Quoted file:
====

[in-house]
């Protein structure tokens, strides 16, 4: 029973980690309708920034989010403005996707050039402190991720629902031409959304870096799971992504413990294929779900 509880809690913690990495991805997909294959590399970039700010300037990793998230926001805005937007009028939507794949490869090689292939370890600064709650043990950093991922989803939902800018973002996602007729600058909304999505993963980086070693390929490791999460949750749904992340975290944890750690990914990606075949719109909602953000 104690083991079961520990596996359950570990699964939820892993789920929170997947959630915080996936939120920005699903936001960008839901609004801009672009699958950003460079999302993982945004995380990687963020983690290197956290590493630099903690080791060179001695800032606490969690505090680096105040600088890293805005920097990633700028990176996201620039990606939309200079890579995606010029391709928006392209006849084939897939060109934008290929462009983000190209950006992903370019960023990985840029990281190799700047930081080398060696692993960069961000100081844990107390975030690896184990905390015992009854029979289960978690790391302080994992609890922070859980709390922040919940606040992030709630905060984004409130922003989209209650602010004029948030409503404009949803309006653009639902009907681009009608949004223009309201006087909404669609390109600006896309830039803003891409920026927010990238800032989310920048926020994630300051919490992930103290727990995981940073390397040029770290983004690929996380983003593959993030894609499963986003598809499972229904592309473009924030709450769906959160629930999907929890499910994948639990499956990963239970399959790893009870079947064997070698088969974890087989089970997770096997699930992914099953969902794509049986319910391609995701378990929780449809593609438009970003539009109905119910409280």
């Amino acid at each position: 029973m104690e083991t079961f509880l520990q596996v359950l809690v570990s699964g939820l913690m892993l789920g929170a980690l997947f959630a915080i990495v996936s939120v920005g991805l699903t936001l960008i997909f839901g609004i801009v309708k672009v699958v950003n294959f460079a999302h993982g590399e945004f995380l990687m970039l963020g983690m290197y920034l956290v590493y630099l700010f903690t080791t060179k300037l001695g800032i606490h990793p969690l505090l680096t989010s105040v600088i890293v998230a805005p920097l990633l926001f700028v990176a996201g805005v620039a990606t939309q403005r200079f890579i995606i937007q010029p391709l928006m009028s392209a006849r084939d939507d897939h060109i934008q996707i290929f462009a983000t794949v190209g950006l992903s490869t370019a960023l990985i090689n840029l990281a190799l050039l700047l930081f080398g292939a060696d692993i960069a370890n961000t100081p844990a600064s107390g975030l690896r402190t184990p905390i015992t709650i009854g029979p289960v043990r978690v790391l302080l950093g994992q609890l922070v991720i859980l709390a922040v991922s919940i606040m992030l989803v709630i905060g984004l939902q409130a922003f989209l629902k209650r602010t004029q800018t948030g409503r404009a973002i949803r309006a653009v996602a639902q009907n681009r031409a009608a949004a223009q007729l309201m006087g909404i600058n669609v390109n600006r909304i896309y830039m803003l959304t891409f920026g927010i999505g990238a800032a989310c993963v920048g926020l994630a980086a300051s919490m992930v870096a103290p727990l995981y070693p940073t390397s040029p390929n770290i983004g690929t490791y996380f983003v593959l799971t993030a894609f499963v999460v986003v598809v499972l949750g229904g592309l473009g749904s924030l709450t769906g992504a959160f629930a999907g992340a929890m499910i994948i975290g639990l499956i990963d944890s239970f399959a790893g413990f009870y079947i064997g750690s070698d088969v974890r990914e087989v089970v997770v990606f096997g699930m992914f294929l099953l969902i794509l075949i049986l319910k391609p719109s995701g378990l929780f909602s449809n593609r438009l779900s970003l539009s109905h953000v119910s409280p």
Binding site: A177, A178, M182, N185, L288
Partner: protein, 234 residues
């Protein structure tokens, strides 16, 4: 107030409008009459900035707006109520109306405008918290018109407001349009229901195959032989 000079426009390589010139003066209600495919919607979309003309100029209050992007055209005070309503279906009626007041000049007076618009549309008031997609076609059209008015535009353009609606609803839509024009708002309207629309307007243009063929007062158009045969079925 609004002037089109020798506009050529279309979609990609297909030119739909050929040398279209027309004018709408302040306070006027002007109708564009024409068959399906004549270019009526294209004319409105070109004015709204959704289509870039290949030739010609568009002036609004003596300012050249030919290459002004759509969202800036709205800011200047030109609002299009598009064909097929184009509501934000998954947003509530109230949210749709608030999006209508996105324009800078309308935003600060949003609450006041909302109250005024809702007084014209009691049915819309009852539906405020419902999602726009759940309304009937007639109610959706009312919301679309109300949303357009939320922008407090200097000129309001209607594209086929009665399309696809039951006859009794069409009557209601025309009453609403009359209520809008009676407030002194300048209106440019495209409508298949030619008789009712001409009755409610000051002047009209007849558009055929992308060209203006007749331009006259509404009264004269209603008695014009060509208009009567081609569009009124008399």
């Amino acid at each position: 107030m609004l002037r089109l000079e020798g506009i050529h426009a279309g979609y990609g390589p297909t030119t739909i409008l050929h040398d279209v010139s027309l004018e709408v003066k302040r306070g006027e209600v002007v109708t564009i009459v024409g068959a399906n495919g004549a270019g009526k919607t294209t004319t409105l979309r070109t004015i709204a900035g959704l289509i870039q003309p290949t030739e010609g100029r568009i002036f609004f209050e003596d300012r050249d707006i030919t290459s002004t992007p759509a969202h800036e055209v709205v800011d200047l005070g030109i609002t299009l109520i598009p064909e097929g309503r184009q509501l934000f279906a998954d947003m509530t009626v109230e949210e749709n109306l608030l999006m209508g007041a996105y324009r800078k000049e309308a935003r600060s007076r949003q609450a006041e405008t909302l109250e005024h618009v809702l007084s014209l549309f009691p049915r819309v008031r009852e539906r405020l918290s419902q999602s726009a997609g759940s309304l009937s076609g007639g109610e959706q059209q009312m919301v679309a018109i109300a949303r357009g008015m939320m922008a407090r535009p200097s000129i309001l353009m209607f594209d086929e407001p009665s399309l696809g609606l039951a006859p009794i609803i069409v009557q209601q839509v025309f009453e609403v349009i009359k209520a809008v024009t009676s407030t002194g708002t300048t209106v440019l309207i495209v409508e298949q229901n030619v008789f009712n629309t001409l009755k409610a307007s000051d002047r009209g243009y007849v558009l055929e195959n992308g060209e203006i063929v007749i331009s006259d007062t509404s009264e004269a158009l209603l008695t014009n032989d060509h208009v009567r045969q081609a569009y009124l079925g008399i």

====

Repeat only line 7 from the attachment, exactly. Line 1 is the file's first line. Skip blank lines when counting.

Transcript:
């Amino acid at each position: 107030m609004l002037r089109l000079e020798g506009i050529h426009a279309g979609y990609g390589p297909t030119t739909i409008l050929h040398d279209v010139s027309l004018e709408v003066k302040r306070g006027e209600v002007v109708t564009i009459v024409g068959a399906n495919g004549a270019g009526k919607t294209t004319t409105l979309r070109t004015i709204a900035g959704l289509i870039q003309p290949t030739e010609g100029r568009i002036f609004f209050e003596d300012r050249d707006i030919t290459s002004t992007p759509a969202h800036e055209v709205v800011d200047l005070g030109i609002t299009l109520i598009p064909e097929g309503r184009q509501l934000f279906a998954d947003m509530t009626v109230e949210e749709n109306l608030l999006m209508g007041a996105y324009r800078k000049e309308a935003r600060s007076r949003q609450a006041e405008t909302l109250e005024h618009v809702l007084s014209l549309f009691p049915r819309v008031r009852e539906r405020l918290s419902q999602s726009a997609g759940s309304l009937s076609g007639g109610e959706q059209q009312m919301v679309a018109i109300a949303r357009g008015m939320m922008a407090r535009p200097s000129i309001l353009m209607f594209d086929e407001p009665s399309l696809g609606l039951a006859p009794i609803i069409v009557q209601q839509v025309f009453e609403v349009i009359k209520a809008v024009t009676s407030t002194g708002t300048t209106v440019l309207i495209v409508e298949q229901n030619v008789f009712n629309t001409l009755k409610a307007s000051d002047r009209g243009y007849v558009l055929e195959n992308g060209e203006i063929v007749i331009s006259d007062t509404s009264e004269a158009l209603l008695t014009n032989d060509h208009v009567r045969q081609a569009y009124l079925g008399i």